Combating Resistance: How Are New Treatments Discovered?
Previously we’ve touched on the increasing threat of both anthelmintic and antibiotic resistance. Across the world, anti-microbial chemicals are an absolutely vital part of life, from medical and veterinary care, to agriculture and pest management. However, the more we use these chemicals, the more likely their targets are to develop resistance.
What is resistance?
Resistance is a trait that allows an organism, like a bacterium or a nematode worm, to survive a treatment designed to kill it. The first time a new antibiotic or anthelmintic is used, it is likely to be extremely effective against the pest. However, some organisms might be more tolerant of the treatment and so will be more likely to survive. With massively reduced competition, these tolerant organisms will thrive and multiply. The organism’s offspring inherit this genetic trait and resistance spreads in a population. Eventually, a treatment that was once effective becomes useless.
For example, before scientists developed effective anti-microbial treatment, around a quarter of all deaths were the result of tuberculosis (TB). TB was almost always fatal, but now, with treatment using a combination of antibiotics, deaths are rare. However, in recent years, drug-resistant strains of TB have developed. As of this year, 1 in 3 TB patients in Europe has a resistant form of the disease. In livestock, resistance to anthelmintic treatments – anti-parasitic agents – is extremely high.
How do we fight resistance?
A large part of combating resistance is trying to prevent it from developing or spreading further. Guidance from scientific and medical bodies, such as the WHO, advises people to only use antimicrobials when necessary, make sure treatments are specific, and make sure treatment is complete before the end of the antimicrobial course.
However, while these measures will help to reduce the spread of antimicrobial resistance, it is a natural process. As such, eventually, given enough time, microbes will become resistance to current treatments. As a result of this, it is important to develop new antimicrobial treatments.
How are new treatments discovered?
Unfortunately, developing new and effective drugs to treat microbial infections is not easy. While there are currently hundreds of different antimicrobials, they fall into groups of similar drugs. For example, while there are hundreds of different antibiotics, there are only 6 classes. When scientists develop new antibiotics which make it to market, they often fall into these same classes. This chemical similarity means that resistance can develop more quickly. Developing new classes of antimicrobial is even more difficult.
The natural world produces millions of different chemicals from a variety of different sources. Many current antibiotics are based on the natural products of soil bacteria, however these can be difficult to culture in a lab or commercial context. Many medicines are based on plant products, such as aspirin, and some plant products, like tannins, appear to have antimicrobial properties.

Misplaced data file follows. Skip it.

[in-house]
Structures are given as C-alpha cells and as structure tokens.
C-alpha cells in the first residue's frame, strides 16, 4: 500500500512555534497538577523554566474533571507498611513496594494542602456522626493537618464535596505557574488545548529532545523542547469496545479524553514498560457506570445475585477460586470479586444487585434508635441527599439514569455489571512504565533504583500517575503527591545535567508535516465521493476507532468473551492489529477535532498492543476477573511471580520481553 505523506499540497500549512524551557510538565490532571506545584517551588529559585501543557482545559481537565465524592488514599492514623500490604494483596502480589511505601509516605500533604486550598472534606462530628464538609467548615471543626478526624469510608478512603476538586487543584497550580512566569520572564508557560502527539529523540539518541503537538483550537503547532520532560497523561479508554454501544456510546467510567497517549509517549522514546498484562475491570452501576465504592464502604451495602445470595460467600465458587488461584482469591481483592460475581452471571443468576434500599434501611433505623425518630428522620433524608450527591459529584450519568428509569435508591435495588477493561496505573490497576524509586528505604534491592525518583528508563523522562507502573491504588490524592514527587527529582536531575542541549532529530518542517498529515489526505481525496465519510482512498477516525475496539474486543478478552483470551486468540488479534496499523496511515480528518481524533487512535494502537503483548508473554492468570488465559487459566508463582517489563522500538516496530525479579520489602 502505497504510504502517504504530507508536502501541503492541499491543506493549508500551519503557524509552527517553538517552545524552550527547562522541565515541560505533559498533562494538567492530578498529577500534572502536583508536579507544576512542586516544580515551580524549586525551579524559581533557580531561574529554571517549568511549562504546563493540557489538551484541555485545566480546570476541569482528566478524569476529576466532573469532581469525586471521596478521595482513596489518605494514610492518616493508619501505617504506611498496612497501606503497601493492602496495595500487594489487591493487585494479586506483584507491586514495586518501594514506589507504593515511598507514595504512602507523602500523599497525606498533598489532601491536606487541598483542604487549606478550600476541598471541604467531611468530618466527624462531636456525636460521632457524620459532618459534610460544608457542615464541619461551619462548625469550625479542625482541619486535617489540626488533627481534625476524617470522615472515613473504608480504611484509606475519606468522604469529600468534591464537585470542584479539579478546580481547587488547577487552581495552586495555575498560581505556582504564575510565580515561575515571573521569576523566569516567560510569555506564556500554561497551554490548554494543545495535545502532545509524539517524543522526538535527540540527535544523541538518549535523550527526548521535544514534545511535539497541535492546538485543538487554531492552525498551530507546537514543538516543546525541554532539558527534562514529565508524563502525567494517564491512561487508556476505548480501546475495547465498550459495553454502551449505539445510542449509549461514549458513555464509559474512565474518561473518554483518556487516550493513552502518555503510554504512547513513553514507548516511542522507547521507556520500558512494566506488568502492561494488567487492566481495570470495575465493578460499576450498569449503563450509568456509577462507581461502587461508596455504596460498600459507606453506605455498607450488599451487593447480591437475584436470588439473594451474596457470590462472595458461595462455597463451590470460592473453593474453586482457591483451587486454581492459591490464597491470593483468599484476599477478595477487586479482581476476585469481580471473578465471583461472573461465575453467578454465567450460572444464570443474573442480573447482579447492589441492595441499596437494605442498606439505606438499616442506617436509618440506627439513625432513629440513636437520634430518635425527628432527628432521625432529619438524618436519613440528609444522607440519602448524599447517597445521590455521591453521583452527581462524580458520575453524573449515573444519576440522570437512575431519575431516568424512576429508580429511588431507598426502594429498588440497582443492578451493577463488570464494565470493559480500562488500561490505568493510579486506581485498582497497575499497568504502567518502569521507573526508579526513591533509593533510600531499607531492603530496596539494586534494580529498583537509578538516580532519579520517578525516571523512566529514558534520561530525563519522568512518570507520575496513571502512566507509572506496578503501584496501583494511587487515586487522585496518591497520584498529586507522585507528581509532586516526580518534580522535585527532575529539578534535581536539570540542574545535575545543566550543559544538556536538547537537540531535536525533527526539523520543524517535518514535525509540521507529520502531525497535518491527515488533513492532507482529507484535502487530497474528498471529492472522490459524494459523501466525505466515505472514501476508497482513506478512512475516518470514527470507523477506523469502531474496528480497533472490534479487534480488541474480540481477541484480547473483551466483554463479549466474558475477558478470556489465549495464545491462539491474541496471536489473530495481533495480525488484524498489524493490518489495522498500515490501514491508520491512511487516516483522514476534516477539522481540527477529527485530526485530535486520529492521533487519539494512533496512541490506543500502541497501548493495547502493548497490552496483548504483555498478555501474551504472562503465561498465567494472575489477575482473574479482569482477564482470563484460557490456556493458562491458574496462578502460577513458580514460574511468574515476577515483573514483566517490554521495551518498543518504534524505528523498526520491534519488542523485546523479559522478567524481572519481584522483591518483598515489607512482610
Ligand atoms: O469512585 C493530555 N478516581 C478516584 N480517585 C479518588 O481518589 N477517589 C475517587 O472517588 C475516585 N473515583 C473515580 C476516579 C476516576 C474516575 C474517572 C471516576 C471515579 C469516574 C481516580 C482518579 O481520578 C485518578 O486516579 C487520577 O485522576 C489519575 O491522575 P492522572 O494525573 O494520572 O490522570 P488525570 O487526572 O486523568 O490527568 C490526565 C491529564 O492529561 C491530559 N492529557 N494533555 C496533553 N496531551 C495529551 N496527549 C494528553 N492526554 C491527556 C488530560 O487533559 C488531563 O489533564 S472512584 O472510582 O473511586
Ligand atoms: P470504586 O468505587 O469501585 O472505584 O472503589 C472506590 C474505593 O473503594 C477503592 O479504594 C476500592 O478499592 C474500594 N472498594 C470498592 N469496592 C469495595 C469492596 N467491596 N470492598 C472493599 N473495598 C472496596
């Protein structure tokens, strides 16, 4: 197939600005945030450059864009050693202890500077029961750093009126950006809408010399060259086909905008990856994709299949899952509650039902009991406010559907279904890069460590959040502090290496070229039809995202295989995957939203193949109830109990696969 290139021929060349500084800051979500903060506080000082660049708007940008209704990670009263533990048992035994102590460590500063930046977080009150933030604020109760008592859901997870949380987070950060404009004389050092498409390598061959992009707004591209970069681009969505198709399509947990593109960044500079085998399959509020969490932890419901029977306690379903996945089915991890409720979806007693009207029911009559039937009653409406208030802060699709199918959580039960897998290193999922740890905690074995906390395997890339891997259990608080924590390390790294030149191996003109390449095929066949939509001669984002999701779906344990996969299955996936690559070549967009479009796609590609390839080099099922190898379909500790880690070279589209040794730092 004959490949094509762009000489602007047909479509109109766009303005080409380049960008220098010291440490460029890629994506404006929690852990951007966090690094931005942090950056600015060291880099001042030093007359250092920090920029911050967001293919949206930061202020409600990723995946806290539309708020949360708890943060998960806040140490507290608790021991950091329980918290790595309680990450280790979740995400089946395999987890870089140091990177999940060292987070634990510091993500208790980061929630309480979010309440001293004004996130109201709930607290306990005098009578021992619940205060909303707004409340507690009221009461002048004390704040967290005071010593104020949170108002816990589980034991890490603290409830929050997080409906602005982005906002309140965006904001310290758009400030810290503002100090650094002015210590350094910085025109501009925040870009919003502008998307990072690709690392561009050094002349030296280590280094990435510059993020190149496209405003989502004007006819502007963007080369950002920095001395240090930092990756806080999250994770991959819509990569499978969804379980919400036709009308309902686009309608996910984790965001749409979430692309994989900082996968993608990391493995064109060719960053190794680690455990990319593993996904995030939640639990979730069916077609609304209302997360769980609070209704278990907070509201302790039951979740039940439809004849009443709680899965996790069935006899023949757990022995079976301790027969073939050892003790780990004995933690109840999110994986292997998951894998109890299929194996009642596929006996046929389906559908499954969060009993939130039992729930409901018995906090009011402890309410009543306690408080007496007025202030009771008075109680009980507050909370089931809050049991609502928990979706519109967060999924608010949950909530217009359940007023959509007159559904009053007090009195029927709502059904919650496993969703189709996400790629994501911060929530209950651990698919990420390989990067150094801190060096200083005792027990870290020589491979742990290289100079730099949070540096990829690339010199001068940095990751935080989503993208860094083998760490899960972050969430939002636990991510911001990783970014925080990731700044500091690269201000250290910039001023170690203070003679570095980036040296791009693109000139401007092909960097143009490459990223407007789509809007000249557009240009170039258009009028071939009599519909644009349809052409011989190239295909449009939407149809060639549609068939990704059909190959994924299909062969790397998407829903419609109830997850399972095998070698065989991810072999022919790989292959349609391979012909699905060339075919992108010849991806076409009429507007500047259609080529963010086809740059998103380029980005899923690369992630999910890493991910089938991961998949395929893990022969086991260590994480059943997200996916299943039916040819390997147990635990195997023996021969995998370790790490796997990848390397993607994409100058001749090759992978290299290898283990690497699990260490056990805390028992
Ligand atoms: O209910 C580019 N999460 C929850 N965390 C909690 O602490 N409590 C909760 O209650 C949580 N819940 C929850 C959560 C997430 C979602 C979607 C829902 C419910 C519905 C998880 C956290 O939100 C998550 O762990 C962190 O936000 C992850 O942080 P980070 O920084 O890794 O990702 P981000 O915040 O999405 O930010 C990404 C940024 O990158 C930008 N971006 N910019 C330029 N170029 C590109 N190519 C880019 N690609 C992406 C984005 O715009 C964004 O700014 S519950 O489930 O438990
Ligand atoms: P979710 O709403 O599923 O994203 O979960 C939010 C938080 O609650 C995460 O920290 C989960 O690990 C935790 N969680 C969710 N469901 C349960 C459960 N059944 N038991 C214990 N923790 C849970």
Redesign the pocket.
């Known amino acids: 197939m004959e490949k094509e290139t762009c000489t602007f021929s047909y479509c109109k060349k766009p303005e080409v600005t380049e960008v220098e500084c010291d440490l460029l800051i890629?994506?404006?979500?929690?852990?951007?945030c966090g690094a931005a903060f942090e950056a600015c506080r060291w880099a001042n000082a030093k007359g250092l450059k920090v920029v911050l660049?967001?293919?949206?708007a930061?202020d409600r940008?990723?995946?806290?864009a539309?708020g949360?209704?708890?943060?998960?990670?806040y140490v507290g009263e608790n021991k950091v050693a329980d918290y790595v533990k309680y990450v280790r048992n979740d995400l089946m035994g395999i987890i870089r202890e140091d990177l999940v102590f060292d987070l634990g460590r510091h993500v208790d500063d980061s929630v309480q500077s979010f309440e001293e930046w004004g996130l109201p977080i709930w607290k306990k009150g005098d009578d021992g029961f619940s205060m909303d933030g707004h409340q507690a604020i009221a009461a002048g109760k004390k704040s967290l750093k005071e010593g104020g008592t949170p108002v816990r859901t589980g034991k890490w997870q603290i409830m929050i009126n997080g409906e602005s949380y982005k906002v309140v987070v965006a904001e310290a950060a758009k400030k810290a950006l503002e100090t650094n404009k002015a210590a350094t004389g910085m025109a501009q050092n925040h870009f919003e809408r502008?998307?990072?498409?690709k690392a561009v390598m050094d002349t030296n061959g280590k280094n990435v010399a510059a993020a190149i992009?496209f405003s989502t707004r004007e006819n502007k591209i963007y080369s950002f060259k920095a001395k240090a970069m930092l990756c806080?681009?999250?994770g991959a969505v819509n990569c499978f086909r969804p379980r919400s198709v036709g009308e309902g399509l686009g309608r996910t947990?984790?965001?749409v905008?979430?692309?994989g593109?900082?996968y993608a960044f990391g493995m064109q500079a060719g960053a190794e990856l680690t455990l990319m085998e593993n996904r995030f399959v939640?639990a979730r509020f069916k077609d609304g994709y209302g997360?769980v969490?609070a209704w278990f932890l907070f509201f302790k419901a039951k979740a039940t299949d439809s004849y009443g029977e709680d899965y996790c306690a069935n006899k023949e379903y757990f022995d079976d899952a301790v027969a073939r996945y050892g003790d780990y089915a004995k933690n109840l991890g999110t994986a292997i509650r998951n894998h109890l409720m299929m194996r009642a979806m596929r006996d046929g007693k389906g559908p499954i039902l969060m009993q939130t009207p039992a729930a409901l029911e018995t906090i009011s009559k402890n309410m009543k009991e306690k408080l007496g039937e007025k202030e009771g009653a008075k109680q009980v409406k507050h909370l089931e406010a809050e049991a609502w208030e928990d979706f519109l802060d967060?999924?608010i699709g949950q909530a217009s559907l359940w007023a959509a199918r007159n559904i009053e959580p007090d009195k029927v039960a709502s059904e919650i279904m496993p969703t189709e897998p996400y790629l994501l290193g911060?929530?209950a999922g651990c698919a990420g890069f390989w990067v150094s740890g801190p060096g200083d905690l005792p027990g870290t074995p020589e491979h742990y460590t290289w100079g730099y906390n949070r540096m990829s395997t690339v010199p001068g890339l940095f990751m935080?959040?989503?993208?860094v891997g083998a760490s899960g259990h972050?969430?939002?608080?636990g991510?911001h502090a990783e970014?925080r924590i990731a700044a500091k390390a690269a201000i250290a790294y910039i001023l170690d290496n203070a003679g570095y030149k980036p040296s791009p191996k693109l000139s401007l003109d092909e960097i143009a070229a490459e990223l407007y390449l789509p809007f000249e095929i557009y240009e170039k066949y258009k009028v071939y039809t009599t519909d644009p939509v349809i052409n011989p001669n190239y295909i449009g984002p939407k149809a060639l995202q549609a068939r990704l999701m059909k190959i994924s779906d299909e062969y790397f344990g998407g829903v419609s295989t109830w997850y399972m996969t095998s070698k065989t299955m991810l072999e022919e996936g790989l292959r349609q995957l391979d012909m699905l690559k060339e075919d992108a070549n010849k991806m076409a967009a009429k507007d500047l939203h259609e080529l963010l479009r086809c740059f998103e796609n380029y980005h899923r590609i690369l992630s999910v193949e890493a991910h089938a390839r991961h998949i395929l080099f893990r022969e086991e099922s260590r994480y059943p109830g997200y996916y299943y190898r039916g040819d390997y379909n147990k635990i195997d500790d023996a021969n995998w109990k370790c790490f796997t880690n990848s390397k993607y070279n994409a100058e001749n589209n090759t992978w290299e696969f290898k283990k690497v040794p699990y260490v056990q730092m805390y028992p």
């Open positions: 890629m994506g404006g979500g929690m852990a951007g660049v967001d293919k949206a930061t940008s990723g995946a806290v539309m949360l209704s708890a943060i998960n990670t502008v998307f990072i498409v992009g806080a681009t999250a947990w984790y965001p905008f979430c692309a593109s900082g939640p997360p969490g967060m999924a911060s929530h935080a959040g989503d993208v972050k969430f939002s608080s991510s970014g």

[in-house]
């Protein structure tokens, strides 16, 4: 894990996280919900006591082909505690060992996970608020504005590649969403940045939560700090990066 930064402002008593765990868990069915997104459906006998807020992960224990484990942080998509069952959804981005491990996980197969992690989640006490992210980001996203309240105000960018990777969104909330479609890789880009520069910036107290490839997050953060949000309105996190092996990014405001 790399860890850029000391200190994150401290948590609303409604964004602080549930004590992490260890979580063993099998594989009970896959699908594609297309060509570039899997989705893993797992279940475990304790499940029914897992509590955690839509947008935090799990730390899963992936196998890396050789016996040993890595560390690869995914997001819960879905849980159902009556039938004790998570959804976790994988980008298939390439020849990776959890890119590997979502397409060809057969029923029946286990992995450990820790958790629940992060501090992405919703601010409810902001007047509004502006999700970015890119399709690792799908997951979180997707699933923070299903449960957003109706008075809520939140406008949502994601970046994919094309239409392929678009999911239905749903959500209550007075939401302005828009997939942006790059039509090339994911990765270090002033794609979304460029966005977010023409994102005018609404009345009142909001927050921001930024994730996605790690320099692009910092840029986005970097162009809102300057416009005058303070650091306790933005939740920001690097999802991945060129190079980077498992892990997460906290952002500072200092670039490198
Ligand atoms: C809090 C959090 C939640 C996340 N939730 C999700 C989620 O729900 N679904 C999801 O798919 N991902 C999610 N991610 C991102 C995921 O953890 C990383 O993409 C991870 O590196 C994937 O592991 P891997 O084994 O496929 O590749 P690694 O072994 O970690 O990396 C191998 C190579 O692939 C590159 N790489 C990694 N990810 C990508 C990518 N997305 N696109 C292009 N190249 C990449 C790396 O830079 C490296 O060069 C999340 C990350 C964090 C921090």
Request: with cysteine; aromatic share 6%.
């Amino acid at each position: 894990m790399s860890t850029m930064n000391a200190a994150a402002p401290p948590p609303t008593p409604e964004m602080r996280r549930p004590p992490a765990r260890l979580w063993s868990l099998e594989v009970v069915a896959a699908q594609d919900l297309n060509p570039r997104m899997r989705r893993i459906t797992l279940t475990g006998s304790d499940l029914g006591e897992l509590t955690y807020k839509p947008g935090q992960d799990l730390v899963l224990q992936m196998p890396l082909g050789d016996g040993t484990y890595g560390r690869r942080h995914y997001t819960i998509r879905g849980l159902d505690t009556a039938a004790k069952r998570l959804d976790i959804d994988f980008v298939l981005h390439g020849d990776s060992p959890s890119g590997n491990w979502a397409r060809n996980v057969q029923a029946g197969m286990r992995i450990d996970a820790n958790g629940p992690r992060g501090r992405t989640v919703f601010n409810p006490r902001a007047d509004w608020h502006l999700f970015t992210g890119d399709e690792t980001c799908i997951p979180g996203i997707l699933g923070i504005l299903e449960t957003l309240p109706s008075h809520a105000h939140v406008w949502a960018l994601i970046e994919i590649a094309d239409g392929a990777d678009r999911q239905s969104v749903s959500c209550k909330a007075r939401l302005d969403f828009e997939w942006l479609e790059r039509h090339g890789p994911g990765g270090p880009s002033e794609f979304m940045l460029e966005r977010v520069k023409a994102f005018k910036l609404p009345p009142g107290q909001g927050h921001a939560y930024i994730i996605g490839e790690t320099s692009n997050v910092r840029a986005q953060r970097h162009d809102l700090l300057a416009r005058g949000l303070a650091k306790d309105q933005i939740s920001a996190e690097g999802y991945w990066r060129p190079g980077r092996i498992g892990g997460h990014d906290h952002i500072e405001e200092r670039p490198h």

Why is it difficult to develop new antimicrobials?
Even when scientists discover a chemical which has antimicrobial properties, it does not necessarily mean that they will be able use it to make a new treatment. Before ever reaching patients, a chemical must undergo toxicity testing. While it’s relatively easy to find substances that damage microorganisms, they are often highly toxic to people and animals as well. If they pass toxicity tests, then a good source of the chemical is necessary. Some bacteria or plants might only produce the useful compound under highly specific circumstances, or might be difficult or impossible to grow on a large scale. Once all of these hurdles are overcome, the new drug would then have to go through years of pre-clinical and clinical trials before ever reaching patients. All in all, this process takes many years and can cost millions.
What does this mean for resistance?
At the moment, there are over 250 antibiotics under development across the world. While only 3-6 of these are likely to make it to market in the next 10 years, they could provide valuable tools in the fight against resistance. Similarly, new anthelmintic treatments are under development, giving hope for the future.
Awareness about antimicrobial resistance is rising. More people are prescribing and using antimicrobials in a way that helps to decrease the rate of resistance development. In the livestock sector, many governmental bodies have started banning the use of antibiotics as a growth promoter, which in turn helps to reduce resistance. Although antimicrobial resistance is one of the biggest threats to human and animal health, there are strategies to combat it.